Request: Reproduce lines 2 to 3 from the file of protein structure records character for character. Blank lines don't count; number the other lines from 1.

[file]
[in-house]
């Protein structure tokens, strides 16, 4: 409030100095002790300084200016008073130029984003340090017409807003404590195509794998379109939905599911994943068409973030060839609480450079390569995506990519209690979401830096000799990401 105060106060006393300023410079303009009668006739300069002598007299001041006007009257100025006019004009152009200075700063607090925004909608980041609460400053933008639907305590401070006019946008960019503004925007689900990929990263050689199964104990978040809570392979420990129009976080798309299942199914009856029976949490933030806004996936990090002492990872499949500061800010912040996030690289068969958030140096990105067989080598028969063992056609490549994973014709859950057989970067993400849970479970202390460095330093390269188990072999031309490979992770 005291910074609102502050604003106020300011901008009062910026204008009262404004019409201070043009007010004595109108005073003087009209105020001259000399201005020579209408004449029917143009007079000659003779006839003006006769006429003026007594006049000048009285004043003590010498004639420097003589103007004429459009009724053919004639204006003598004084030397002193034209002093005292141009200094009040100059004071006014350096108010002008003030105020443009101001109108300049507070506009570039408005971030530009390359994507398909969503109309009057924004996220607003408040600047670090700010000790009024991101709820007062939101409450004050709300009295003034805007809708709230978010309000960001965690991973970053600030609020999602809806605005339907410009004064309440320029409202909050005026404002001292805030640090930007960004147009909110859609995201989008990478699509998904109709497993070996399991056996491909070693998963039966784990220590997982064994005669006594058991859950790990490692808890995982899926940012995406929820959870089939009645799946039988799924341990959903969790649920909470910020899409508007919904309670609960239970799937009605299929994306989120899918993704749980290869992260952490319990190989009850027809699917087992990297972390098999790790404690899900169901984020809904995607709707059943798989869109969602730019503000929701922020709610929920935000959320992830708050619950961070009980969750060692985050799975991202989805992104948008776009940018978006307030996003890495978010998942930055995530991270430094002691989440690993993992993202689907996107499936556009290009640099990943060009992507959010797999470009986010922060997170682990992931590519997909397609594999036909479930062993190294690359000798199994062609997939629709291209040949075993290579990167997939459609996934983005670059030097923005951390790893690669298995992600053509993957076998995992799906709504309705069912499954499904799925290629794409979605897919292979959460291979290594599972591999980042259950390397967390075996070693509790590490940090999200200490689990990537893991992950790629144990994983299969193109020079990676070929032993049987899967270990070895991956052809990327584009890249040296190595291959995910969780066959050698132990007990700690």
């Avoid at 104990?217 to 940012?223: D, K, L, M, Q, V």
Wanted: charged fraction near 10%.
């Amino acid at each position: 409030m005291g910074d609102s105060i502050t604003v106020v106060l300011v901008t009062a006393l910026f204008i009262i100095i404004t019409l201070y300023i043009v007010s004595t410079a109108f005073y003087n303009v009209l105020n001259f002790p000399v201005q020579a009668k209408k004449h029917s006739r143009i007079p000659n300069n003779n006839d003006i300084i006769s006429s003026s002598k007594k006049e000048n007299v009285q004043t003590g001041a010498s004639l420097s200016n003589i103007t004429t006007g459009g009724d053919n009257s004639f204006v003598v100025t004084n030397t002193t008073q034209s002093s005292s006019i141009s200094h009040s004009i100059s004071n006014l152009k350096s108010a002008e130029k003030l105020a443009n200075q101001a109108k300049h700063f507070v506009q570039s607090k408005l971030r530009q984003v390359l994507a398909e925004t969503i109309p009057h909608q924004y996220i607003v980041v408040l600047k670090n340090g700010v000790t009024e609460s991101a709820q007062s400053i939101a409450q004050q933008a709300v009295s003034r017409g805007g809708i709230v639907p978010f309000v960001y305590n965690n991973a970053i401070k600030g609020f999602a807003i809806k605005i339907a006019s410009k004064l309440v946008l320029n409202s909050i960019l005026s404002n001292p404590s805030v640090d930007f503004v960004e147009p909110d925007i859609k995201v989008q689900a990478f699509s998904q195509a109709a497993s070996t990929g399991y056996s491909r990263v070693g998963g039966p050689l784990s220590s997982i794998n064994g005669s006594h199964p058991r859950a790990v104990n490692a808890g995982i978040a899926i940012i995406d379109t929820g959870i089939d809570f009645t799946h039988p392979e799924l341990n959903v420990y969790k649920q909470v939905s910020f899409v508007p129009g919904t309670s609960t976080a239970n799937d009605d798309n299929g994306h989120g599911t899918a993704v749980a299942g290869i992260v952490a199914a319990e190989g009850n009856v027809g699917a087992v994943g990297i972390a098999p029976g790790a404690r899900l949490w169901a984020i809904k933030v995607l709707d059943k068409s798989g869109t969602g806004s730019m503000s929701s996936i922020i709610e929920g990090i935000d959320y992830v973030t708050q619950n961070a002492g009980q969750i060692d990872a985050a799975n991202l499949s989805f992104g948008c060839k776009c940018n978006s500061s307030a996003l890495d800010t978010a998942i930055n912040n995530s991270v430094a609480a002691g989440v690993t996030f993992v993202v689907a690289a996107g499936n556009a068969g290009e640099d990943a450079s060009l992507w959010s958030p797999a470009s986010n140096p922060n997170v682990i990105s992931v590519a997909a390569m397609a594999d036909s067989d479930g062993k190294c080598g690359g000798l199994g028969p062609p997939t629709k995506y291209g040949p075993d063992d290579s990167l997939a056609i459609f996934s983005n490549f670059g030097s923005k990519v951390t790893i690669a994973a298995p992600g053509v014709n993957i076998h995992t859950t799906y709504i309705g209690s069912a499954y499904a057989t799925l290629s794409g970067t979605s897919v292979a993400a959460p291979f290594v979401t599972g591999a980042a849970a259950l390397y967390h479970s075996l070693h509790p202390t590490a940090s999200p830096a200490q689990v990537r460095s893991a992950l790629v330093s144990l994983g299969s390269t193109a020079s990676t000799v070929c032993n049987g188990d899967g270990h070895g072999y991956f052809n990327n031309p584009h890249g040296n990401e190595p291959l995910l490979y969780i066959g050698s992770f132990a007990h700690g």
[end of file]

């Protein structure tokens, strides 16, 4: 409030100095002790300084200016008073130029984003340090017409807003404590195509794998379109939905599911994943068409973030060839609480450079390569995506990519209690979401830096000799990401 105060106060006393300023410079303009009668006739300069002598007299001041006007009257100025006019004009152009200075700063607090925004909608980041609460400053933008639907305590401070006019946008960019503004925007689900990929990263050689199964104990978040809570392979420990129009976080798309299942199914009856029976949490933030806004996936990090002492990872499949500061800010912040996030690289068969958030140096990105067989080598028969063992056609490549994973014709859950057989970067993400849970479970202390460095330093390269188990072999031309490979992770 005291910074609102502050604003106020300011901008009062910026204008009262404004019409201070043009007010004595109108005073003087009209105020001259000399201005020579209408004449029917143009007079000659003779006839003006006769006429003026007594006049000048009285004043003590010498004639420097003589103007004429459009009724053919004639204006003598004084030397002193034209002093005292141009200094009040100059004071006014350096108010002008003030105020443009101001109108300049507070506009570039408005971030530009390359994507398909969503109309009057924004996220607003408040600047670090700010000790009024991101709820007062939101409450004050709300009295003034805007809708709230978010309000960001965690991973970053600030609020999602809806605005339907410009004064309440320029409202909050005026404002001292805030640090930007960004147009909110859609995201989008990478699509998904109709497993070996399991056996491909070693998963039966784990220590997982064994005669006594058991859950790990490692808890995982899926940012995406929820959870089939009645799946039988799924341990959903969790649920909470910020899409508007919904309670609960239970799937009605299929994306989120899918993704749980290869992260952490319990190989009850027809699917087992990297972390098999790790404690899900169901984020809904995607709707059943798989869109969602730019503000929701922020709610929920935000959320992830708050619950961070009980969750060692985050799975991202989805992104948008776009940018978006307030996003890495978010998942930055995530991270430094002691989440690993993992993202689907996107499936556009290009640099990943060009992507959010797999470009986010922060997170682990992931590519997909397609594999036909479930062993190294690359000798199994062609997939629709291209040949075993290579990167997939459609996934983005670059030097923005951390790893690669298995992600053509993957076998995992799906709504309705069912499954499904799925290629794409979605897919292979959460291979290594599972591999980042259950390397967390075996070693509790590490940090999200200490689990990537893991992950790629144990994983299969193109020079990676070929032993049987899967270990070895991956052809990327584009890249040296190595291959995910969780066959050698132990007990700690």
């Avoid at 104990?217 to 940012?223: D, K, L, M, Q, V």